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US: Commission on Civil Rights asked Defense Secretary Hagel to Explain Exclusion of Sikhs from Military

January 4, 2014 | By

Washington, USA (January 04, 2013): As per information a U.S. commission has asked Defense Secretary Chuck Hagel to explain the exclusion of Sikh Americans from the American armed forces.

In a letter, the U.S. Commission on Civil Rights has aksed Hagel to respond to a Department of Defense policy that “appears to presumptively exclude” Sikh Americans from serving in the U.S. armed forces if they do not give up certain articles of their faith, or unless an individual accommodation is granted.

Chuck Hagel, Secretary of Defense [File Photo]

Chuck Hagel, Secretary of Defense [File Photo]

Established in 1957, the federal commission is charged with the responsibility for investigating, reporting on, and making recommendations concerning civil rights issues that face the nation.

According to certain media report [i]n its letter dated 3 December, 2013 which was released to the media Dec. 9, the commission said that the current U.S. military regulations generally prohibit the wearing of religious headgear and maintaining other religious requirements such as unshorn hair and beards.

At the same time, the letter acknowledges the legitimate concerns of the military relating to service member safety and military necessity, but expresses concern over the apparent deterrent effect of such regulations on participation by affected religious group members in the U.S. army.

The commission points to the “burdensome procedures” imposed on military members who wish to obtain an exemption from such regulations, which have in the past included submitting a petition signed by many thousands of people and securing the support of dozens of members of Congress.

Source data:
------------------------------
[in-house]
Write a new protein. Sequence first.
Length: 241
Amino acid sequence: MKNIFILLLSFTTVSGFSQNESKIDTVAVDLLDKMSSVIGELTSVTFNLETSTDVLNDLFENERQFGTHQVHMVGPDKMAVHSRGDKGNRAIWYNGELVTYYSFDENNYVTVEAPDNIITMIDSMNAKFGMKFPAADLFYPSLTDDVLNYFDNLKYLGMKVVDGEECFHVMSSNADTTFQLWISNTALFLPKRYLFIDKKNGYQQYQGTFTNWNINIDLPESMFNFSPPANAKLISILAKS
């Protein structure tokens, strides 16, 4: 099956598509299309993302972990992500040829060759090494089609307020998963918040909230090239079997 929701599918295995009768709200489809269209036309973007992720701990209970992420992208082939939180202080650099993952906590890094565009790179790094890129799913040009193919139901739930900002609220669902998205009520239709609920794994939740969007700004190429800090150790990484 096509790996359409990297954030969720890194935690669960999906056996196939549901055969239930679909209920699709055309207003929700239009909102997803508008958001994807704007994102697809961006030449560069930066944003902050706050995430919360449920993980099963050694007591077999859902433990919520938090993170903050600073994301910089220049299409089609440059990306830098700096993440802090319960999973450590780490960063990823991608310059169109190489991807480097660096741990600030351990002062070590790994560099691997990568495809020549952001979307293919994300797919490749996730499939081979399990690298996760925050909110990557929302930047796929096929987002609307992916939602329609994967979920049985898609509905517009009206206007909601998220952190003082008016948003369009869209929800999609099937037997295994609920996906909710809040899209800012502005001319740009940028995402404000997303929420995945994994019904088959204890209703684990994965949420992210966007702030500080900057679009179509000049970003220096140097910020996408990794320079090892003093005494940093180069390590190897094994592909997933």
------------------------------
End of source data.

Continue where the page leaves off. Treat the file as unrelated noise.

“The privilege of serving one’s country should not be denied a person for adhering to his or her religious beliefs,” commission chairman Martin R Castro said.

“We look forward to a constructive dialogue with the Secretary of Defense to ensure that Sikh Americans, and others, may serve without sacrificing their faith,” he added.

The commission wrote the letter to Hagel months after Major Kamaldeep Singh Kalsi, a Sikh who has received a personal accommodation, or exception, from the army’s policy, in a briefing helped the commission understand the exclusionary impact of the military’s policy on Sikh American service members.

To date, only two other Sikh Americans have joined Major Kalsi in serving in armed forces— Captain Tajdeep Rataan, who also served in Afghanistan and was awarded both the U.S. Army Commendation Medal and the NATO Medal for his service, and Simranpreet Singh Lamba, an army enlisted service member.

“While we commend the Department of Defense’s provisions to accommodate Sikh Americans wishing to serve their country, this is but a temporary and individualized solution,” the letter said,

“It is our understanding that of concern to the military is the possible interference of the Sikh turban and facial hair with protective gear like gas masks or military headgear,” the commission said.

“Because we received testimony that Sikh service members can wear their helmets and gas masks properly while maintaining their unshorn hair and beards and wearing their turbans without compromising safety or decorum, the commission is concerned that the aforementioned policies may result in the unnecessary exclusion of Sikh Americans and Americans of other religious faiths from military service based on their religious beliefs manifested in their dress and grooming,” the letter said.

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